CASTLE ROCK Review: “The Queen”

Sissy Spacek delivers a brilliant performance in the Stephen King series' finest episode yet.

Note: This post contains spoilers for Castle Rock.

"Ruth, it's because of you. That's why I came back." 

For the majority of Castle Rock's runtime, a question has continued to pester this particular Constant Reader: why cast Sissy Spacek as Ruth Deaver? Sure, the obvious cutesy Easter Egg answer is right there in front of our faces – as Spacek fronted Brian De Palma's seminal cinematic adaptation of Stephen King's debut novel, Carrie – but that seemed like an easy way to waste one of our finest screen performers for the sake of a silly in-joke. Up to this point, Ruth has been confined to her creaky New England home, dealing with the return of her adopted son, Henry (André Holland), who may have murdered her pastor husband, Matt (Adam Rothenberg), before disappearing into the snowy woods twenty-seven years ago. Ruth’s relationship with former Sheriff Alan Pangborn (Scott Glenn) – the lawman who also rescued Henry from a frozen Dark Score Lake in '91 – has been touching and provided the series a much needed beating heart. Yet Ruth hadn't been gifted her stand out "moment" as of yet, justifying the enlistment of Spacek's near immeasurable talents.

Thankfully, this week's aptly titled seventh hour, "The Queen", is that moment. Only instead of simply cribbing from King, series creators Sam Shaw and Dustin Thomason seem to be borrowing structural elements from one of the all-time great works of science fiction: Kurt Vonnegut’s Slaughterhouse-Five. Like Billy Pilgrim, we follow Ruth as she navigates her own history, weaving in and out of past and present, until they become indecipherable from one another. While Henry and his abusive, zealous father pop in and out, the one constant that continues to try and ground her in everyday reality is Alan (who even performs a little magic, calling back to the Horror Master's Needful Things). "The Queen" is devastatingly sad, mostly due to Spacek’s beautifully nuanced turn, where she tries to keep following her bread crumbs – chess pieces gifted to her from Pangborn – back to the "now". Yet by the time we reach the overwhelmingly melancholy installment’s final moments (which are set to Max Richter's superb piece "On the Nature of Daylight") it becomes clear that Ruth Deaver may be lost to time forever.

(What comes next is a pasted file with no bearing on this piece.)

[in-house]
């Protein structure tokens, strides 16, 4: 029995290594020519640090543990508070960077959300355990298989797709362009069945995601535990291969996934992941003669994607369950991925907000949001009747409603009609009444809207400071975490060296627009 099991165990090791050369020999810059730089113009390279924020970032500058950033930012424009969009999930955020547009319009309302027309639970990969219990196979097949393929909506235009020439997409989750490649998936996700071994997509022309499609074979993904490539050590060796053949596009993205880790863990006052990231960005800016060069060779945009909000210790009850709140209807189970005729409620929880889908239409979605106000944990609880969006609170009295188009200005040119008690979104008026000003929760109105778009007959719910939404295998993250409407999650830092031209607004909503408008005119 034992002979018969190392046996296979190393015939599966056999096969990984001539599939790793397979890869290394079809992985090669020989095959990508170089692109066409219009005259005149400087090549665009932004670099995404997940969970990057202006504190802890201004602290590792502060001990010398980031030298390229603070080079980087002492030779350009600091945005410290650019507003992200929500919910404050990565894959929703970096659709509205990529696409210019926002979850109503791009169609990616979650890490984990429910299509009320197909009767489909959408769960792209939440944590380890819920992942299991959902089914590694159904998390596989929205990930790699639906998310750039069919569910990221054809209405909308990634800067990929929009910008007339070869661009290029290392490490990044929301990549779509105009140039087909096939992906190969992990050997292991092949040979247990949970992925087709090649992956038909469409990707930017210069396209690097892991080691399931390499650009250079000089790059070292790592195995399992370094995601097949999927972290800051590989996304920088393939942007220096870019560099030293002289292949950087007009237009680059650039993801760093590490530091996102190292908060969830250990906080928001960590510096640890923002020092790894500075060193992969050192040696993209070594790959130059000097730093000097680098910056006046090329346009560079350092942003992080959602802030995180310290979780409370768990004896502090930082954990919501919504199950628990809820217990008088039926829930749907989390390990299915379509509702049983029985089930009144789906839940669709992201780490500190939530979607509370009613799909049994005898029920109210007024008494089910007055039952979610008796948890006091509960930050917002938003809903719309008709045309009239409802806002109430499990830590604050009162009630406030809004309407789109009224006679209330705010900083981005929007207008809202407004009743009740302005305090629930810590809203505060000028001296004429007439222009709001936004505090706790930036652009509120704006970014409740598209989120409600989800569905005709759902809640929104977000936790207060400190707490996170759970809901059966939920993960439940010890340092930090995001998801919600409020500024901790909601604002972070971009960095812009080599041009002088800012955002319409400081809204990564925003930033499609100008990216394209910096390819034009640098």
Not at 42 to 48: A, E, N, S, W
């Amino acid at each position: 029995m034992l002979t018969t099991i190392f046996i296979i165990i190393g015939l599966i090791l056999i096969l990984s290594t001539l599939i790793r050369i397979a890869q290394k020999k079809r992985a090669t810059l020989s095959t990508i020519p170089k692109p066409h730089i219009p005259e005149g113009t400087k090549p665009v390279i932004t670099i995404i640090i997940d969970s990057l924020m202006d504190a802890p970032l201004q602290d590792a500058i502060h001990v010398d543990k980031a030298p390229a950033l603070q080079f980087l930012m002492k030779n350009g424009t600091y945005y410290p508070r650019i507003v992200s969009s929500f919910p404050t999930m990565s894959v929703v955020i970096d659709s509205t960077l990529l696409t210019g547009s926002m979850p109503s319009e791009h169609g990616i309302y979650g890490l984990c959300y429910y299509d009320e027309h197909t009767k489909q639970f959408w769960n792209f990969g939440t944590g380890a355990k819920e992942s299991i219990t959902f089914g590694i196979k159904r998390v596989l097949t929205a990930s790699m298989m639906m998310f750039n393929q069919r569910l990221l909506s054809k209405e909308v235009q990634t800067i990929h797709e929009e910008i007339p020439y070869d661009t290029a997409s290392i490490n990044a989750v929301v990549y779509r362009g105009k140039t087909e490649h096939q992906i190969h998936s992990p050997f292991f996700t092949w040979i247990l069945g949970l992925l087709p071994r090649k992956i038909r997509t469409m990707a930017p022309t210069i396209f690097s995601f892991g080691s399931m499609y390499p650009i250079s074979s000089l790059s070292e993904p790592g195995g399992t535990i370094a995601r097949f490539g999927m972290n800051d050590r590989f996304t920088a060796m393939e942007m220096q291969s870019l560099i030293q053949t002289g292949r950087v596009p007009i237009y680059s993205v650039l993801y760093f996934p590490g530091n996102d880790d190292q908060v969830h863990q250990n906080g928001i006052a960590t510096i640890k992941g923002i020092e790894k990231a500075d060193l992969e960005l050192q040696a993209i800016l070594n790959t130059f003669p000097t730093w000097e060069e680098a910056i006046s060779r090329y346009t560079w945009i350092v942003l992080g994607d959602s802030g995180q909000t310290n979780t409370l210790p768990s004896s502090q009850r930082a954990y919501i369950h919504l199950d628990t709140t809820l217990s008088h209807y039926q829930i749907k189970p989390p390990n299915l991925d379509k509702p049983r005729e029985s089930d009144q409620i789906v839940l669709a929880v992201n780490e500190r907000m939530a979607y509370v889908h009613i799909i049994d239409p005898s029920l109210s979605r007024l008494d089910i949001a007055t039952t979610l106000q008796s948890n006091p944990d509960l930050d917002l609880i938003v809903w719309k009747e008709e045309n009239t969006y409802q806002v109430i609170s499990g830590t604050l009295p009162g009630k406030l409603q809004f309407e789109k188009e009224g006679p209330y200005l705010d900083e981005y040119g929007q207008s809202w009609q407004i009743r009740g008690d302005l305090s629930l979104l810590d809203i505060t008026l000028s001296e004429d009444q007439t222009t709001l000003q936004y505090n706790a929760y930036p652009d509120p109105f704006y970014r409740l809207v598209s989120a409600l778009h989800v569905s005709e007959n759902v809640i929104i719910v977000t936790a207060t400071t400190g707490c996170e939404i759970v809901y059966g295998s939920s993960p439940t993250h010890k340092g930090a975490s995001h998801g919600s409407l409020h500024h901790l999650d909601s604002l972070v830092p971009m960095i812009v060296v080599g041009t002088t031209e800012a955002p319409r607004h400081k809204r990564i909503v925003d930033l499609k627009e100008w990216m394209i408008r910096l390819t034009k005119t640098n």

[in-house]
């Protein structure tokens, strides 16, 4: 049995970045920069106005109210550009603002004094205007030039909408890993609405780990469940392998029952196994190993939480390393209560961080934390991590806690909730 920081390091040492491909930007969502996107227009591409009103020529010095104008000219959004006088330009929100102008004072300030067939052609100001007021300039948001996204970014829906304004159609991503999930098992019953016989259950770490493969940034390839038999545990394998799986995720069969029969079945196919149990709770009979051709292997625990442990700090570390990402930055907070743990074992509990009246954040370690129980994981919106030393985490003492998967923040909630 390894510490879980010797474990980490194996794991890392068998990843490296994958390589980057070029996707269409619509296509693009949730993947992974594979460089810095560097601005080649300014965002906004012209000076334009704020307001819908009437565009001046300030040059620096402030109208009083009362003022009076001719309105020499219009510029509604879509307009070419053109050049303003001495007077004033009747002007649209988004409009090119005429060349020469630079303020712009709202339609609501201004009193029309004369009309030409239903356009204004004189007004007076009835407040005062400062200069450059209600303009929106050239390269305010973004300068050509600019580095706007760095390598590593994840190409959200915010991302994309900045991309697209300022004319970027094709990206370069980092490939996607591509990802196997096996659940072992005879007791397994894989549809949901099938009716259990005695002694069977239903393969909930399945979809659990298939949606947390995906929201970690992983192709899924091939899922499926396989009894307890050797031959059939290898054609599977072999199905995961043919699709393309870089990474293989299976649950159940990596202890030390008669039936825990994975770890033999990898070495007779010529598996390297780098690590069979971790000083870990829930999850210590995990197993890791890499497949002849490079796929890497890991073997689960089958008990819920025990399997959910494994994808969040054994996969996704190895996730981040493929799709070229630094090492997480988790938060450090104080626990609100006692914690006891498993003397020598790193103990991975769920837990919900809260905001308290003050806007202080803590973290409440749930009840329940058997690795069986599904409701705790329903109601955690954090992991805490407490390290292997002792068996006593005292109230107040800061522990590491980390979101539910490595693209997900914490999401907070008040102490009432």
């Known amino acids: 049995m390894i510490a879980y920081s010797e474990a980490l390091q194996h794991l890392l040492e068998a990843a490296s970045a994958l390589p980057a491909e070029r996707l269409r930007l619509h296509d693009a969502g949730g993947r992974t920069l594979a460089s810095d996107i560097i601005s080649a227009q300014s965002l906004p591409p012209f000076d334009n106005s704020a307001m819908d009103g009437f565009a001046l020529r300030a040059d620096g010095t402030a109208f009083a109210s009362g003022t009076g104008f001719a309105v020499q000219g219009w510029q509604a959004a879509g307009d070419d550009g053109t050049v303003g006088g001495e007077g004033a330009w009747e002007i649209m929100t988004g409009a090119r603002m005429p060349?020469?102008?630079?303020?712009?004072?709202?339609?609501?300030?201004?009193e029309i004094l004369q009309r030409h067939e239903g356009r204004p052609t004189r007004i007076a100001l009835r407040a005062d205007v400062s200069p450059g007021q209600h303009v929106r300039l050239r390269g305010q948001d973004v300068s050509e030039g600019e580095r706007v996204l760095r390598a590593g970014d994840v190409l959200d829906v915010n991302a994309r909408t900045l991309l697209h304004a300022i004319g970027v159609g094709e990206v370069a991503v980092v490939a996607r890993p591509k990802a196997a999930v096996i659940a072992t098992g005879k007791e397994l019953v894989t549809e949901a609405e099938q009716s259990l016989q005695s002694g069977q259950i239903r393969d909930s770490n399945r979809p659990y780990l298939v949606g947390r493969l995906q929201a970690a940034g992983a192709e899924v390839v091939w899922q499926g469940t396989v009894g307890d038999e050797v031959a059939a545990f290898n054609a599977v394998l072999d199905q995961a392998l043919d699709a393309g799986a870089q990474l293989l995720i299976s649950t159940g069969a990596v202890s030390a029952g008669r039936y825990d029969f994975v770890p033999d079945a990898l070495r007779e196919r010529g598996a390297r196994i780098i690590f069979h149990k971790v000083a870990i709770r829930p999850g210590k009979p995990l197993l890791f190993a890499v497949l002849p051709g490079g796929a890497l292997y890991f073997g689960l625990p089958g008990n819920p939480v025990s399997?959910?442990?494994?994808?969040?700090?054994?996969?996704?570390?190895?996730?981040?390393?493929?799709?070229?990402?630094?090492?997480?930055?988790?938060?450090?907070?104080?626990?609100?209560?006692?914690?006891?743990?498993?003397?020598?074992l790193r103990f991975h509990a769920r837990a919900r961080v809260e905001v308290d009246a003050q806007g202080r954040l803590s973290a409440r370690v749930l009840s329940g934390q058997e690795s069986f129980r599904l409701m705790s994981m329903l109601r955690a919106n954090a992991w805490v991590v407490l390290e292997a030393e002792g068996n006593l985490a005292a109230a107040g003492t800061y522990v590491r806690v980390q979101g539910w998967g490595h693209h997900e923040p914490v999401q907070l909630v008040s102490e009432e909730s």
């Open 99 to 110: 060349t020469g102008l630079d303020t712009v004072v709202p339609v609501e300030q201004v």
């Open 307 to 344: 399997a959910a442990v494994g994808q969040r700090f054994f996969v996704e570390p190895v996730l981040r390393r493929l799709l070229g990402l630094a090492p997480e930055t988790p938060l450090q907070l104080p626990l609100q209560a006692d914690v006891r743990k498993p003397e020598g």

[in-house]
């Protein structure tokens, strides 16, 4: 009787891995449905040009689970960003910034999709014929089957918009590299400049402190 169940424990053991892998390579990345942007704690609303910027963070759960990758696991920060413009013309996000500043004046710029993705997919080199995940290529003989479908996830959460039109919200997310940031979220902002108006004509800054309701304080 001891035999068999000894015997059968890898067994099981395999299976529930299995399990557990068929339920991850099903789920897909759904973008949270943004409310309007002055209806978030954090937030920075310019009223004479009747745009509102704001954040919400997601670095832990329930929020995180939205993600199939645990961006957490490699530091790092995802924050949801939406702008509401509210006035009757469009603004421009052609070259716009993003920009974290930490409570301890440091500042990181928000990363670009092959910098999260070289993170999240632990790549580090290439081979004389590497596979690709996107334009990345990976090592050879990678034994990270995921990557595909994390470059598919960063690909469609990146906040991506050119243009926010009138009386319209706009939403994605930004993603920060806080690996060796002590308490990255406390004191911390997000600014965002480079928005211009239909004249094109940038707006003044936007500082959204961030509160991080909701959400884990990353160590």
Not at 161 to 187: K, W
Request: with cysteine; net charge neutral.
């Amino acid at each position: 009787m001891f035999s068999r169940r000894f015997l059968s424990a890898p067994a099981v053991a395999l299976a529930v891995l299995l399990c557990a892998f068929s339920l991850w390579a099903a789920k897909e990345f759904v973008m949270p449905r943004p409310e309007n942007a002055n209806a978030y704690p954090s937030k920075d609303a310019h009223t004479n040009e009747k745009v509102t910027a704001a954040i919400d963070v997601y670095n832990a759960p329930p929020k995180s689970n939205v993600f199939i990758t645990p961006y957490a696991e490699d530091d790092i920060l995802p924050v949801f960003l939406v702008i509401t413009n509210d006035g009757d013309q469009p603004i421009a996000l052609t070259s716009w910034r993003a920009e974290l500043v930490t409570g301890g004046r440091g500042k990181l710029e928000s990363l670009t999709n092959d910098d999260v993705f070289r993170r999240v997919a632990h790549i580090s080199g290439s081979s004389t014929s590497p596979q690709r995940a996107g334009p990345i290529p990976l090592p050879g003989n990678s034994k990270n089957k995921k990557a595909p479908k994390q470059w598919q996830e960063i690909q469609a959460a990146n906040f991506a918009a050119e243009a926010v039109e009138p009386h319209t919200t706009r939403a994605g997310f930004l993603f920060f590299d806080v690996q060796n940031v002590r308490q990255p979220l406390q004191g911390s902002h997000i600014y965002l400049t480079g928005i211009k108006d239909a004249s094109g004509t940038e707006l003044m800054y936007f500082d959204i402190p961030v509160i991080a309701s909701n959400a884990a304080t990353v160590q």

There's a dog: the neighborhood stray Alan buried out back in an old suitcase. Ruth knows that's not Henry's old pup – who used to leave dead squirrels on her pillow like mints – who got hit by that truck, and is instead the wandering bitch she left daily snacks for out on the stoop. Nevertheless, that wayward animal meant something to Ruth, because it connected her back to her boy, who left for Texas and rarely called, allowing his poor mother to rot away in a house he knew she'd never leave. As Ruth told her grandson Wendell (Chosen Jacobs) in last week's "Filter""Life used to go in one direction: forward, like one of those people movers at the airport. Somehow, I got off it." Yet perhaps this is the way existence's circle continues for all human beings, where they realize that one event is really no different than the last, and that we're doomed to repeat all that came before, until we drift away into dust.